Putting it all together:

for ( $in = 1; $in < 13; $in++ ) {
        for ( $shop =1; $shop < 120; $shop++ ) {
                for ( $trans=1; $trans < 100; $trans++ ) {
                        $isarray[$in][$shop][$trans] = 0;
                }
        }

Quote:
}
> how i check my array is zero ???

By this I assume you mean, "how do I check that all elements are
zero".  Here's a simple way:

$all_zero = 1;
CHECK_ZERO:
for ( $in = 1; $in < 13; $in++ ) {
        for ( $shop =1; $shop < 120; $shop++ ) {
                for ( $trans=1; $trans < 100; $trans++ ) {
                        if ( $isarray[$in][$shop][$trans] ) {
                                $all_zero = 0;
                                last CHECK_ZERO;
                        }
                }
        }

Quote:
}

if ( $all_zero ) { ...

hth,
John Porter



Mon, 13 Nov 2000 03:00:00 GMT  
 how to init three dimentional array using perl

Quote:
>> Dear expert

I'm not an expert but I'll try to help.

My best suggestion is: get yourself a Camel. Read it thoroughly. It's
all explained there.

The following transformation of your code preserves the C-ish feel, but
it's certainly not the best, nor most efficient way.

for ($in = 0; $in < 12; $in++)
{
   for ($shop =0; $shop < 119; $shop++)
   {
      for ($trans=0; $trans<99; $trans++)
      {
         $isarray->[$in][$shop][$trans] = 0;
      }
   }

Quote:
}

This makes $isarray a reference to a three-dimensional array (assuming
that $isarray was previously undefined).

Note that Perl arrays begin at index 0 (notwithstanding a
now-deprecated feature).

Jean-Louis Leroy
http://ourworld.compuserve.com/homepages/jl_leroy



Mon, 13 Nov 2000 03:00:00 GMT  
 how to init three dimentional array using perl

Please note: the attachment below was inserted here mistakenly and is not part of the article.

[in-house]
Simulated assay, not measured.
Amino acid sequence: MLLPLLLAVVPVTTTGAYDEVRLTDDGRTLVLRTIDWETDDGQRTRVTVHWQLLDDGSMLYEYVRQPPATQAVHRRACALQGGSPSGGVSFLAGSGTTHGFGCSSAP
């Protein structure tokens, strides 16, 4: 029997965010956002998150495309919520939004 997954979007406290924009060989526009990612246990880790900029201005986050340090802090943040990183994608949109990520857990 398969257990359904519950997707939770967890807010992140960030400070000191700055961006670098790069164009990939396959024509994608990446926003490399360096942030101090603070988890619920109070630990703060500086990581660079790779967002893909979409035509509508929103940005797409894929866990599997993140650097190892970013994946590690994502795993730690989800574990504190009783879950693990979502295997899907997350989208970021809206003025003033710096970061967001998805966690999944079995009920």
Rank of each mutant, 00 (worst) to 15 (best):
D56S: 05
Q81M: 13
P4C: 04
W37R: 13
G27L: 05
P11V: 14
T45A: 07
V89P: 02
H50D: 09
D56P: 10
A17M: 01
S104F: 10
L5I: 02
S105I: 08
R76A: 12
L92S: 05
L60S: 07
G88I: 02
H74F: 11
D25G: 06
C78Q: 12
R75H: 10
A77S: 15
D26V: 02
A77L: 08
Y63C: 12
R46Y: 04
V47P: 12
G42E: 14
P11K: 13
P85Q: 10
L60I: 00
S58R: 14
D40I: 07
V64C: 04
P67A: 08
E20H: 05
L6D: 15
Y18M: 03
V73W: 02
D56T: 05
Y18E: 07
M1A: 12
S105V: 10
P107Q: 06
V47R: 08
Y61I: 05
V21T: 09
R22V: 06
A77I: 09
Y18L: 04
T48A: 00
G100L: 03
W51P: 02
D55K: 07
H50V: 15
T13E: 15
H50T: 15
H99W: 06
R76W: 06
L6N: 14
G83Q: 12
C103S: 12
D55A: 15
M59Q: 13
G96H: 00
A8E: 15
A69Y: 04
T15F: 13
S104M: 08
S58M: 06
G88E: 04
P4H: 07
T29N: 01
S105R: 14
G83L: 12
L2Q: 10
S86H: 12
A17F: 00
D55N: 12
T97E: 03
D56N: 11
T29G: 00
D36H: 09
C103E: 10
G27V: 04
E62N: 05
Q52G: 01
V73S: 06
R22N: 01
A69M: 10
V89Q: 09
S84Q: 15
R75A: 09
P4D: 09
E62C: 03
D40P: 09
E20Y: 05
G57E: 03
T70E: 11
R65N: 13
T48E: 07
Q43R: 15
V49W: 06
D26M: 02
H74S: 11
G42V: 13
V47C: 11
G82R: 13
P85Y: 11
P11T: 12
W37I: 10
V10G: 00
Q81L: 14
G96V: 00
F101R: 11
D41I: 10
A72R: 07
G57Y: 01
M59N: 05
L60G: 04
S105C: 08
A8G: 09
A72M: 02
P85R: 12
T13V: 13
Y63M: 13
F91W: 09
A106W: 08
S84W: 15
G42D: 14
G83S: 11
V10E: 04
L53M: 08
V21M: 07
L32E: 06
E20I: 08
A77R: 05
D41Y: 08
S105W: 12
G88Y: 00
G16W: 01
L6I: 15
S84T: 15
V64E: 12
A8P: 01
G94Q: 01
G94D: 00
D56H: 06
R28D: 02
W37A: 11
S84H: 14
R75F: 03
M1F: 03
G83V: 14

Quote:

> By this I assume you mean, "how do I check that all elements are
> zero".  Here's a simple way:

> $all_zero = 1;
> CHECK_ZERO:
> for ( $in = 1; $in < 13; $in++ ) {
>         for ( $shop =1; $shop < 120; $shop++ ) {
>                 for ( $trans=1; $trans < 100; $trans++ ) {
>                         if ( $isarray[$in][$shop][$trans] ) {
>                                 $all_zero = 0;
>                                 last CHECK_ZERO;
>                         }
>                 }
>         }
> }
> if ( $all_zero ) { ...

> hth,
> John Porter

Greetings:

        I have a follow up question here. Don't you need to do

        if ( exists $isarray[$in][$shop][$trans] ) {

        This always gets me. You need to check the existents of the
        element first before you access. Got this form the Advanced
        Perl Programming book. This hash of hashes is what always
        gets me. I never get it right the first, second , third.....

        Tom



Tue, 14 Nov 2000 03:00:00 GMT  
 how to init three dimentional array using perl

On Fri, 29 May 1998 08:33:46 -0400,

Quote:

>    I have a follow up question here. Don't you need to do

>    if ( exists $isarray[$in][$shop][$trans] ) {

>    This always gets me. You need to check the existents of the
>    element first before you access. Got this form the Advanced
>    Perl Programming book. This hash of hashes is what always
>    gets me. I never get it right the first, second , third.....

No, for the simple reason that 'exists' is hash-specific;
it is not meant to be used (doesn't work) for arrays.  
Second simple reason: we want to test each item for "truth",
which in our case is a non-zero value.  I could have said:

        if ( $isarray[$in][$shop][$trans] != 0 ) {

and I guess I probably should have.

John Porter



Tue, 14 Nov 2000 03:00:00 GMT  
 
 [ 6 post ]